Before beginning this course I never felt truly confident of my knowledge of the American Civil Rights Movement. Sure I had learned about it in classes before, but it was never something that I took a lot of time to study outside of class. This course has been a truly inspirational one, though, both as a student and as an American citizen. A month ago if someone had asked me who the most influential entities of the Civil Rights Movement were, who had lead the charge, I would have answered with names such as Martin Luther King, Jr. or organizations such as the NAACP. After studying the movement though, after learning about the Freedom Rides and the sit-ins, I now realize that it was not the big organizations and famous names that were the base of the movement; rather, college students were the true leaders of the fight for equality. Students such as Diane Nash and Jim Zwerg were important figures, but there were countless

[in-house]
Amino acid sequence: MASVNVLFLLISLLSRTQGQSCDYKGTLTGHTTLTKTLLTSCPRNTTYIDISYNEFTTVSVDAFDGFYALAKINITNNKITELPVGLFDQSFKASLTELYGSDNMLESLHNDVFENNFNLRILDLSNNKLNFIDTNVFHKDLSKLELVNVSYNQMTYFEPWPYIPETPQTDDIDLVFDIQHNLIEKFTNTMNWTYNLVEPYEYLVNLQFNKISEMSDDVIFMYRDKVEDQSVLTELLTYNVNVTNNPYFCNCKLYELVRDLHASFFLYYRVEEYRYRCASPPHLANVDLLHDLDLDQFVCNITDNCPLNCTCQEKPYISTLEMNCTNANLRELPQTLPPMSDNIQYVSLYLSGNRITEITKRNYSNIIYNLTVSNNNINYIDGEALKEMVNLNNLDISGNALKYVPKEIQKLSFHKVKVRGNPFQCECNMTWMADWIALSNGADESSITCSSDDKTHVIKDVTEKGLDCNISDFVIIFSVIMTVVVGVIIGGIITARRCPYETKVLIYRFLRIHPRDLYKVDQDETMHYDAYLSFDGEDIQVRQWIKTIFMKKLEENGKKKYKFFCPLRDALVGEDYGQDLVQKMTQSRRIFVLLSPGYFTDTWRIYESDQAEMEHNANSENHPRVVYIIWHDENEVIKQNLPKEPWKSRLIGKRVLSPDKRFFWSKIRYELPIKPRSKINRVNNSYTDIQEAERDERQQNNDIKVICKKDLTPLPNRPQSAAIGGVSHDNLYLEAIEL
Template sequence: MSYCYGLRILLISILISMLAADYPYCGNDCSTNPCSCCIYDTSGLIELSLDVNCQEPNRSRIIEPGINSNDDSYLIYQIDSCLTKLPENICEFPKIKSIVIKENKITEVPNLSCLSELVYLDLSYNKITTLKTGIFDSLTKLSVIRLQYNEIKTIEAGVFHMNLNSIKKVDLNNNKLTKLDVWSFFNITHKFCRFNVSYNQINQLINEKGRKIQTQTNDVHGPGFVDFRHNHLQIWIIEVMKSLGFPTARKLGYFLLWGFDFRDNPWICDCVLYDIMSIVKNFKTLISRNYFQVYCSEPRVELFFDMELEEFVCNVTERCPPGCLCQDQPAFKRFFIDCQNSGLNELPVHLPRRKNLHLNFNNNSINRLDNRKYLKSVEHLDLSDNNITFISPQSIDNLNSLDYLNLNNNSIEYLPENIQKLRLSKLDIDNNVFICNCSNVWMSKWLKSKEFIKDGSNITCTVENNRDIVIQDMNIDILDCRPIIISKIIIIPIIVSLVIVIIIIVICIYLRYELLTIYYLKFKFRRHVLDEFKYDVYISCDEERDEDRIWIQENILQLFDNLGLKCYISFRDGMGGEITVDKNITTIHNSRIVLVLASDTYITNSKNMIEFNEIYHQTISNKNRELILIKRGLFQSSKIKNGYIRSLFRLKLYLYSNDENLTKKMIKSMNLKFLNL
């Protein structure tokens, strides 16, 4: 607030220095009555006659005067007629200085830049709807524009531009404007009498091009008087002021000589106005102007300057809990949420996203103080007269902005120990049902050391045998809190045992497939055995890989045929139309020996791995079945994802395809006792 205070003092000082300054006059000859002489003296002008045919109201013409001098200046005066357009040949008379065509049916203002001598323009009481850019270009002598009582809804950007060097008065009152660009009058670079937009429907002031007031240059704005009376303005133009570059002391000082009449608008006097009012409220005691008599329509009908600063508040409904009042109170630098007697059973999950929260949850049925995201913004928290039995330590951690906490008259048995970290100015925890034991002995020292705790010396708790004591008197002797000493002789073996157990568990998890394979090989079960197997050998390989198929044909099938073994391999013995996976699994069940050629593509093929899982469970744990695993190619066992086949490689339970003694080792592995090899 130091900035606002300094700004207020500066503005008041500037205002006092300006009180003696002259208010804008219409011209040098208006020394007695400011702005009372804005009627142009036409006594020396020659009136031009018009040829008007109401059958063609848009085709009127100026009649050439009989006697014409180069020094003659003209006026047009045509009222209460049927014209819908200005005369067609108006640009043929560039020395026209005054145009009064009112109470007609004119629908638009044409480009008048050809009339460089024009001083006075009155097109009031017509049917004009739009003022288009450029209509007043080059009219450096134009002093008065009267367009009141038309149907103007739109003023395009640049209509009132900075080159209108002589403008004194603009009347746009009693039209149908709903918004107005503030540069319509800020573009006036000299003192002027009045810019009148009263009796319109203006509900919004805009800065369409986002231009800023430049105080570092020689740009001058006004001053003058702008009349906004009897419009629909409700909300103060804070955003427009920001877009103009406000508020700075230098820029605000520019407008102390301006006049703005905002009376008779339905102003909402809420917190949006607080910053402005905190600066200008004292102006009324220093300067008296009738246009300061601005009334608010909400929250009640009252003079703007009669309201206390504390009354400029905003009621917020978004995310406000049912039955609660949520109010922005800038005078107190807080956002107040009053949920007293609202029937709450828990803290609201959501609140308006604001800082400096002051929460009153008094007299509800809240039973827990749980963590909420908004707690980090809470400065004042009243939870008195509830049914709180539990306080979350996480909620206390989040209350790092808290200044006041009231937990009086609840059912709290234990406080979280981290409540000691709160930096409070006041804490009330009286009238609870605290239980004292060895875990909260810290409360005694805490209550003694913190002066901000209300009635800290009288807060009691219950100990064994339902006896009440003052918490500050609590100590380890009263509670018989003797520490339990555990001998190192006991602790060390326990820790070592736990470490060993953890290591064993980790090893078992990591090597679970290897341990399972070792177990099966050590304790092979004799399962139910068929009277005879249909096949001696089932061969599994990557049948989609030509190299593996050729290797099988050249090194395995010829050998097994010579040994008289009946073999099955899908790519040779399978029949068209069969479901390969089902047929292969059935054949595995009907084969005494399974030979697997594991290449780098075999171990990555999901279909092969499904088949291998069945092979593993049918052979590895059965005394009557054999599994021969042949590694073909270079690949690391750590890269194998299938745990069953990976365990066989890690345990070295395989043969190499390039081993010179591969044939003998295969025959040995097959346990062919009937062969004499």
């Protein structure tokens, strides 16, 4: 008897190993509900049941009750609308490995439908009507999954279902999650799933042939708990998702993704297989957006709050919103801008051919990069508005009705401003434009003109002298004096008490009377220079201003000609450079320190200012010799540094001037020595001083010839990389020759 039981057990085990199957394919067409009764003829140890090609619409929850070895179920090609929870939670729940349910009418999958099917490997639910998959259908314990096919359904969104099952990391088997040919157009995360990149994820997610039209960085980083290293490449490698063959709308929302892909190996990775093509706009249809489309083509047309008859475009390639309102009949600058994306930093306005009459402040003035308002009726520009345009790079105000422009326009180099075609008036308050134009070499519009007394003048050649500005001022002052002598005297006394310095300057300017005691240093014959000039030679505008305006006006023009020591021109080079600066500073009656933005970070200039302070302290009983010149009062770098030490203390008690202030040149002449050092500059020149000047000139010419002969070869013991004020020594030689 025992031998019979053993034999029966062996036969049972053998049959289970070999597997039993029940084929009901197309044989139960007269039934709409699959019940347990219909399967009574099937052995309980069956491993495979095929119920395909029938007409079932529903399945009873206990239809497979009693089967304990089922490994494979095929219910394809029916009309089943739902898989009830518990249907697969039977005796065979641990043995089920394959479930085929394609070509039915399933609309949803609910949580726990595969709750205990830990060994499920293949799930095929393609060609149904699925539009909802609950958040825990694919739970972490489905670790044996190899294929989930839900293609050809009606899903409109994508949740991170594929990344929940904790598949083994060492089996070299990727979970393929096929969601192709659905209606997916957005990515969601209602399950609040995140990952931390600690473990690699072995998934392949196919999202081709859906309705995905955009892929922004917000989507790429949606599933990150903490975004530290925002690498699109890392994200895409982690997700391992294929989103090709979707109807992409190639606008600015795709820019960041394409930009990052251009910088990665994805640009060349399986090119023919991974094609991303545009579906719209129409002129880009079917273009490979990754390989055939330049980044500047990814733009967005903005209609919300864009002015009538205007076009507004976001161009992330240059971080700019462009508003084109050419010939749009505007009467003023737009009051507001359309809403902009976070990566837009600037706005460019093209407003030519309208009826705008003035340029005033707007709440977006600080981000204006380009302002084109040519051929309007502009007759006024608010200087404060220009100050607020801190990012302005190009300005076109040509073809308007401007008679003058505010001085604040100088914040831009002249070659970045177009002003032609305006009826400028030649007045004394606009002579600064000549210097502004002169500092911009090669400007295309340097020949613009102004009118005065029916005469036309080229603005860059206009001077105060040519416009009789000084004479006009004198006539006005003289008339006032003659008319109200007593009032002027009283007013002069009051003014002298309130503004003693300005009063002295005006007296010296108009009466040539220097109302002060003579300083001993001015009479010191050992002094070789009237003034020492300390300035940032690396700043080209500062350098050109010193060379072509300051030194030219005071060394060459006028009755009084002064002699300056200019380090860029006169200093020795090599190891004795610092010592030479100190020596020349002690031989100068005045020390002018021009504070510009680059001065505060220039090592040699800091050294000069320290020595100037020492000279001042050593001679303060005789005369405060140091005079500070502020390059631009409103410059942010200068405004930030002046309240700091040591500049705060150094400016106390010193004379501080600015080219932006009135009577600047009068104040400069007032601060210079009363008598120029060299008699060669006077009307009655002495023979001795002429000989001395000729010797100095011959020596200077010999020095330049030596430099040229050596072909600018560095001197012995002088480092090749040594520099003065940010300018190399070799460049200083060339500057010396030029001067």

others whose names will never appear in history books and whose individual contributions will be forgotten with time, but these students deserve to have their legacy remembered. As mere children in comparison to many other activists, students were the ones who stepped up when the adults shirked away from the movement when it started to get terribly violent, when they were faced with the threat of assault, arrest, and even death, but they did so without a second thought, without caring that they may not see tomorrow’s sunrise, because they understood that if they were to die then they would die for a just and righteous cause: equality. If I am to be truly honest with myself, as a college student who is passionate about politics and civil rights, I do not think that I would have the bravery necessary to face beatings, prison, and/or death for the sake of my beliefs, which makes me feel somewhat ashamed and forces me to question whether or not my values are truly important to me if I would not die for them. In addition to the importance of student activism in the Civil Rights Movement, another major idea I will take away from this course is the extent to which de facto segregation has continued, and even worsened, since the end of the Civil Rights Movement. Take Selma, Alabama as a case study. Following forced desegregation of public schools, white families simply moved their children into private all-white schools and public schools became almost entirely black. Neighborhoods, which used to be at least partially desegregated, became completely segregated, and if a black family were to move to a white neighborhood massive white-flight would ensue. While blacks in the United States today do maintain equality in the eyes of the law and de jure segregation has come to an end, de facto segregation is still rampant across much of the South and the United States at large, and until we as Americans can get past our dark past filled with social issues, we will never be able to move forward.